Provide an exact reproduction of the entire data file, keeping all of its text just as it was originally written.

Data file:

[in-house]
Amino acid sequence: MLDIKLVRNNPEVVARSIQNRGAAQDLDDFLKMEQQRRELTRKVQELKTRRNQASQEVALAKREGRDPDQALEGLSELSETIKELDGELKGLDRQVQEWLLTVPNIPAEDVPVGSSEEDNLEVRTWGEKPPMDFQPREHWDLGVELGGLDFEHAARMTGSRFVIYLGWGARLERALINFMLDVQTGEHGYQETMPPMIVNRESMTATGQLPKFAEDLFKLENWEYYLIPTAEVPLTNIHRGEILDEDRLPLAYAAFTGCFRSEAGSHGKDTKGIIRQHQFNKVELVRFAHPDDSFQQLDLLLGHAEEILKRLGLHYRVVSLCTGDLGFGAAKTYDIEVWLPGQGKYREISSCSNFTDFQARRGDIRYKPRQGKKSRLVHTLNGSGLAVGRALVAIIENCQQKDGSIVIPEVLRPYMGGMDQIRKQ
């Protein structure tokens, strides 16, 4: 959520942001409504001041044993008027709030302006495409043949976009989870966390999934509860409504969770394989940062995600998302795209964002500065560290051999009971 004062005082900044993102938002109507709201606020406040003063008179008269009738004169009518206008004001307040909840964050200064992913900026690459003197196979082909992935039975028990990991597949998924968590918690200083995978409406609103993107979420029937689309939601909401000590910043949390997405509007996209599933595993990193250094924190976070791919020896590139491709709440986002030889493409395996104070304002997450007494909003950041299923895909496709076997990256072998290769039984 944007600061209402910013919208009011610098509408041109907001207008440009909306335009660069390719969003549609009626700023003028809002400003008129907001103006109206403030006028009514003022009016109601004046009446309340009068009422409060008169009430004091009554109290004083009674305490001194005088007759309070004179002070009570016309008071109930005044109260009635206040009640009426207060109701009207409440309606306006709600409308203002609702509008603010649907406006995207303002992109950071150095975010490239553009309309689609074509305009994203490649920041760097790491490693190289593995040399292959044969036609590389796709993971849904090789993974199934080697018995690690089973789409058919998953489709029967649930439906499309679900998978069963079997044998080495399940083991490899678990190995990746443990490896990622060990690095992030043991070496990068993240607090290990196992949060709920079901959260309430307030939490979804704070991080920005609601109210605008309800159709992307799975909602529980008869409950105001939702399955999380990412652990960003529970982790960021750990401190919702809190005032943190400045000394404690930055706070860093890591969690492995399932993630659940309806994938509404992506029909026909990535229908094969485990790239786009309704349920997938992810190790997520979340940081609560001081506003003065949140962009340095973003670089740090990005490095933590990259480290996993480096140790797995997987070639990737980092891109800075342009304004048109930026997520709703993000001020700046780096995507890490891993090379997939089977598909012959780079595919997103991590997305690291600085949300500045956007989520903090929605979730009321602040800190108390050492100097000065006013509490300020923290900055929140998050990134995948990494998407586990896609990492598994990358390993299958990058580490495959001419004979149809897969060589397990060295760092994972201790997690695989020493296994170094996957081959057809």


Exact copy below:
[in-house]
Amino acid sequence: MLDIKLVRNNPEVVARSIQNRGAAQDLDDFLKMEQQRRELTRKVQELKTRRNQASQEVALAKREGRDPDQALEGLSELSETIKELDGELKGLDRQVQEWLLTVPNIPAEDVPVGSSEEDNLEVRTWGEKPPMDFQPREHWDLGVELGGLDFEHAARMTGSRFVIYLGWGARLERALINFMLDVQTGEHGYQETMPPMIVNRESMTATGQLPKFAEDLFKLENWEYYLIPTAEVPLTNIHRGEILDEDRLPLAYAAFTGCFRSEAGSHGKDTKGIIRQHQFNKVELVRFAHPDDSFQQLDLLLGHAEEILKRLGLHYRVVSLCTGDLGFGAAKTYDIEVWLPGQGKYREISSCSNFTDFQARRGDIRYKPRQGKKSRLVHTLNGSGLAVGRALVAIIENCQQKDGSIVIPEVLRPYMGGMDQIRKQ
């Protein structure tokens, strides 16, 4: 959520942001409504001041044993008027709030302006495409043949976009989870966390999934509860409504969770394989940062995600998302795209964002500065560290051999009971 004062005082900044993102938002109507709201606020406040003063008179008269009738004169009518206008004001307040909840964050200064992913900026690459003197196979082909992935039975028990990991597949998924968590918690200083995978409406609103993107979420029937689309939601909401000590910043949390997405509007996209599933595993990193250094924190976070791919020896590139491709709440986002030889493409395996104070304002997450007494909003950041299923895909496709076997990256072998290769039984 944007600061209402910013919208009011610098509408041109907001207008440009909306335009660069390719969003549609009626700023003028809002400003008129907001103006109206403030006028009514003022009016109601004046009446309340009068009422409060008169009430004091009554109290004083009674305490001194005088007759309070004179002070009570016309008071109930005044109260009635206040009640009426207060109701009207409440309606306006709600409308203002609702509008603010649907406006995207303002992109950071150095975010490239553009309309689609074509305009994203490649920041760097790491490693190289593995040399292959044969036609590389796709993971849904090789993974199934080697018995690690089973789409058919998953489709029967649930439906499309679900998978069963079997044998080495399940083991490899678990190995990746443990490896990622060990690095992030043991070496990068993240607090290990196992949060709920079901959260309430307030939490979804704070991080920005609601109210605008309800159709992307799975909602529980008869409950105001939702399955999380990412652990960003529970982790960021750990401190919702809190005032943190400045000394404690930055706070860093890591969690492995399932993630659940309806994938509404992506029909026909990535229908094969485990790239786009309704349920997938992810190790997520979340940081609560001081506003003065949140962009340095973003670089740090990005490095933590990259480290996993480096140790797995997987070639990737980092891109800075342009304004048109930026997520709703993000001020700046780096995507890490891993090379997939089977598909012959780079595919997103991590997305690291600085949300500045956007989520903090929605979730009321602040800190108390050492100097000065006013509490300020923290900055929140998050990134995948990494998407586990896609990492598994990358390993299958990058580490495959001419004979149809897969060589397990060295760092994972201790997690695989020493296994170094996957081959057809």